At the centre

CYPRUS and Spain have “very serious” imbalances in their economies that must be addressed urgently, the European Commission said yesterday, as it recommended additional measures to correct the island’s excessive deficit in 2012.

“Spain and Cyprus are facing very serious imbalances not least in their financial sectors, which need to be addressed as a matter of urgency,” Economic and Monetary Affairs Commissioner Olli Rehn said, presenting the findings of in-depth reviews of the EU member-states’ economies in Brussels.

 “In particular, macroeconomic developments as reflected in the current account, public finances and the financial sector require close monitoring and urgent economic policy attention in order to avert any adverse effects on the functioning of the economy and of economic and monetary un ion,” the Commission said of Cyprus.

Along with Cyprus and Spain, 10 other countries, including France, Italy, and the UK, are experiencing imbalances to varying degrees, the Commission said.

“The Commission concluded in its in-depth review that Cyprus experiences an internal imbalance due to its banking sector and the indebtedness of the corporate sector and an external and an internal imbalance on its fiscal dynamics and competitiveness, although not excessive.”

Corporations are very vulnerable due to their high indebtedness coupled with their low profitability, resulting in a significant increase in non-performing loans, the Commission said.

The Commission also highlighted the banking sector’s exposure to Greece, which is “very risky.”

“Moreover, growth prospects are dim which further hinders the relatively slow unwinding of imbalances,” the Commission said.

The Commission said Cyprus faced challenges in ensuring the long-term sustainability of public finances, notably in the area of pensions.

It said two important structural measures to reform the island’s pension system have been implemented but “while the measures adopted are relevant and credible, the response of Cyprus is not sufficiently ambitious to secure sustainability and adequacy, and improve the system’s fairness in the longer term.”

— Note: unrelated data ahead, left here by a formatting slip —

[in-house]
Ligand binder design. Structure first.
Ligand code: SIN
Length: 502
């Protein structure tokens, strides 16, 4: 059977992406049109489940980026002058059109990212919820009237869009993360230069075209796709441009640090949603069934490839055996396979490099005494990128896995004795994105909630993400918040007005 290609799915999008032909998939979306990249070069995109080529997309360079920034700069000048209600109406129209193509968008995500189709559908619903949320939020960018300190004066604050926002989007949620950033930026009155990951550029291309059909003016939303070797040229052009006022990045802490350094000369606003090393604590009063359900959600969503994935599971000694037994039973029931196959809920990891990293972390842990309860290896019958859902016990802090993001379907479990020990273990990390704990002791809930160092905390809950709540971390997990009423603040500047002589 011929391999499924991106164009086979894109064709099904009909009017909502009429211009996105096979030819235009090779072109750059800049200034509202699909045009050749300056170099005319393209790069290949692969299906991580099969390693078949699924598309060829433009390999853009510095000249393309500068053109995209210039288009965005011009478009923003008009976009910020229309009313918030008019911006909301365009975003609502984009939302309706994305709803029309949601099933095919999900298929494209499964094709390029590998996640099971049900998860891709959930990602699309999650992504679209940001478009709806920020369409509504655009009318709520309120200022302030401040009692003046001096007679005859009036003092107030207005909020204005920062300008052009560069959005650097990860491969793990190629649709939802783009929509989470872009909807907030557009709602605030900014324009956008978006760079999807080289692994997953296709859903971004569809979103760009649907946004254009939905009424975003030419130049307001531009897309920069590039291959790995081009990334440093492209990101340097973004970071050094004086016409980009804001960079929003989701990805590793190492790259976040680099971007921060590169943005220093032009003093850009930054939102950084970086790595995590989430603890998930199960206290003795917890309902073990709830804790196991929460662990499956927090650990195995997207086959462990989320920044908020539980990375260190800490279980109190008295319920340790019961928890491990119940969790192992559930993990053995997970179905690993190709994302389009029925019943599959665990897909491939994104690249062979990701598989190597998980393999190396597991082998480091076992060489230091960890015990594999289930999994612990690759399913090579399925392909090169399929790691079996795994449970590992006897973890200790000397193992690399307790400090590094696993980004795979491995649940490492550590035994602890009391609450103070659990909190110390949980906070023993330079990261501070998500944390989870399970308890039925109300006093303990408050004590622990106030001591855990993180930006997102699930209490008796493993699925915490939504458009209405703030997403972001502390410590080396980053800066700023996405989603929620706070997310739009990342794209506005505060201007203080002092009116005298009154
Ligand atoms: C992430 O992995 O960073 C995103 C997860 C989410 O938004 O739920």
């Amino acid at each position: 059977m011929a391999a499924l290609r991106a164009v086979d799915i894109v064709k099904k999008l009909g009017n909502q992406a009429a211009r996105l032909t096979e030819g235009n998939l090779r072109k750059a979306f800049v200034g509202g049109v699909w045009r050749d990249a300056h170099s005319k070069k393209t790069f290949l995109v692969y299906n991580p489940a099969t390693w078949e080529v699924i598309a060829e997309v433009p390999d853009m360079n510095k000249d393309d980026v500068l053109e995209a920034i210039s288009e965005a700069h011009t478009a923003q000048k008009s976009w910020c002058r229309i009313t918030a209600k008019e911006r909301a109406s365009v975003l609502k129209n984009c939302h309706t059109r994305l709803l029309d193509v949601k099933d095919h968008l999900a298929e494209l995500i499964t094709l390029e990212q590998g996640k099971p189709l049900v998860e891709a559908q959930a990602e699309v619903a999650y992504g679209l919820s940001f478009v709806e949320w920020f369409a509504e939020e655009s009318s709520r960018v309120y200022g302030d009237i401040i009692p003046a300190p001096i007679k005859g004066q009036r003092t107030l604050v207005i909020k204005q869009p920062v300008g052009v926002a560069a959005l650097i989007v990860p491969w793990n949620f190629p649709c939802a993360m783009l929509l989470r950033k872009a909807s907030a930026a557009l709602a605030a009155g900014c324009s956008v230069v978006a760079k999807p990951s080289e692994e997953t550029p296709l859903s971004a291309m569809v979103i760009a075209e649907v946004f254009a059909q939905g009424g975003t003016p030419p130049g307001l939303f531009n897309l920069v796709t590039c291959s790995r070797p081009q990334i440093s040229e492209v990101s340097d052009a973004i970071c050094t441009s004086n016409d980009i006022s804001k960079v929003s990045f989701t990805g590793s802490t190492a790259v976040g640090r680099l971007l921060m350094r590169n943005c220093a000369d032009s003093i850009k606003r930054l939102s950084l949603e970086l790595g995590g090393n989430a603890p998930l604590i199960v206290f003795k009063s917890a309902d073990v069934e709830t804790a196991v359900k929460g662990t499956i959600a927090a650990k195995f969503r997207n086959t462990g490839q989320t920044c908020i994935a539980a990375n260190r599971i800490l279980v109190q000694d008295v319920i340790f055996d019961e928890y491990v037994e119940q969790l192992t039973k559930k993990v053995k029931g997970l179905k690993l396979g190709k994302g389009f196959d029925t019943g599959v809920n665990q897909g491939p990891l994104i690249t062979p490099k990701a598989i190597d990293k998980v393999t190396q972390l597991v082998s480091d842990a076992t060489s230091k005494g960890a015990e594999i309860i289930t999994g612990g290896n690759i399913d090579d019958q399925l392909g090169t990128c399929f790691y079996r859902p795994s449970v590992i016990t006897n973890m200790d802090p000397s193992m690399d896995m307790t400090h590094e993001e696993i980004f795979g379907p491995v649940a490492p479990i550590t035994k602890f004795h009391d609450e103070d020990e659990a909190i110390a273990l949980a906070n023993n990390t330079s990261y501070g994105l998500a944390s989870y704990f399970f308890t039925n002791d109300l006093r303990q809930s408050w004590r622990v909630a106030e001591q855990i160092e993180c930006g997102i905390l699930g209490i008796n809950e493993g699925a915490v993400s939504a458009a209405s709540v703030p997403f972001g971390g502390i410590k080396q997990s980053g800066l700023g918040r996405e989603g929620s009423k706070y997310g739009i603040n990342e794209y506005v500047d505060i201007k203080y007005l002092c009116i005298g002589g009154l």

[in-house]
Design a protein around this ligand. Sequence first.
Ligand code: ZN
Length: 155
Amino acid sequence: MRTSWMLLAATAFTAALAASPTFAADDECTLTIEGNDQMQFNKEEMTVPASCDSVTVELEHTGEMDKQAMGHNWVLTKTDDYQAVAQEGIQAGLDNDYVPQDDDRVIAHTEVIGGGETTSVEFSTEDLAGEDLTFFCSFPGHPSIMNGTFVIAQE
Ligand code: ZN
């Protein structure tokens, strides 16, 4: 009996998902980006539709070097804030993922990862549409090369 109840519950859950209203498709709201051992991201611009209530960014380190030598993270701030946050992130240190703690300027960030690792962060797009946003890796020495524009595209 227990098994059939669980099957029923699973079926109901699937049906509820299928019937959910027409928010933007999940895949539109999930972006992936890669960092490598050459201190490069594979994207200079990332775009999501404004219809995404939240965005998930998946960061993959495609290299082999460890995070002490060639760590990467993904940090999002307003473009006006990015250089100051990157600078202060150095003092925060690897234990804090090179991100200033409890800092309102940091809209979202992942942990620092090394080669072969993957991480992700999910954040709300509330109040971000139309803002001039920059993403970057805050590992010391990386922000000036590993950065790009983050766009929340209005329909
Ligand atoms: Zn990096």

The Commission also recommended aligning the statutory retirement age with the rise in life expectancy.

The Commission also stressed that Cyprus should reform the cost of living allowance (CoLA) regime with a view to strengthen the link between real wages and productivity “and making the system more equitable.”

The two year freeze on CoLA payments in the public sector and the pledge to review the system by the end of June were first steps in the right direction but “their relevance and credibility depend crucially on the degree of ambition and enforcement of the final outcome of the social dialogue currently under way regarding the reform of the wage indexation system,” the Commission said.

The Commission said additional measures must be taken to achieve a durable correction of the excessive deficit in 2012.

Cyprus must also “rigorously implement the budgetary strategy, supported by sufficiently specified measures, for the year 2013 and beyond to ensure the achievement of the medium-term budgetary objective by 2014.”

The island must also accelerate the phasing-in of an enforceable multiannual budgetary framework with a binding statutory basis and corrective mechanism and “take measures to keep tight control over expenditure and implement programme and performance budgeting as soon as possible.”

The government must also improve tax compliance and fight tax evasion.

“Tax administration is inefficient as administrative costs in relation to revenue collection in Cyprus are very high,” the Commission said. “Measures to encourage a move away from informal-undeclared work and tackle tax evasion are necessary. Furthermore, initiatives to render tax collection more efficient should be reinforced.”

Source: Cyprus-Mail

By George Psyllides

Published on May 31, 2012

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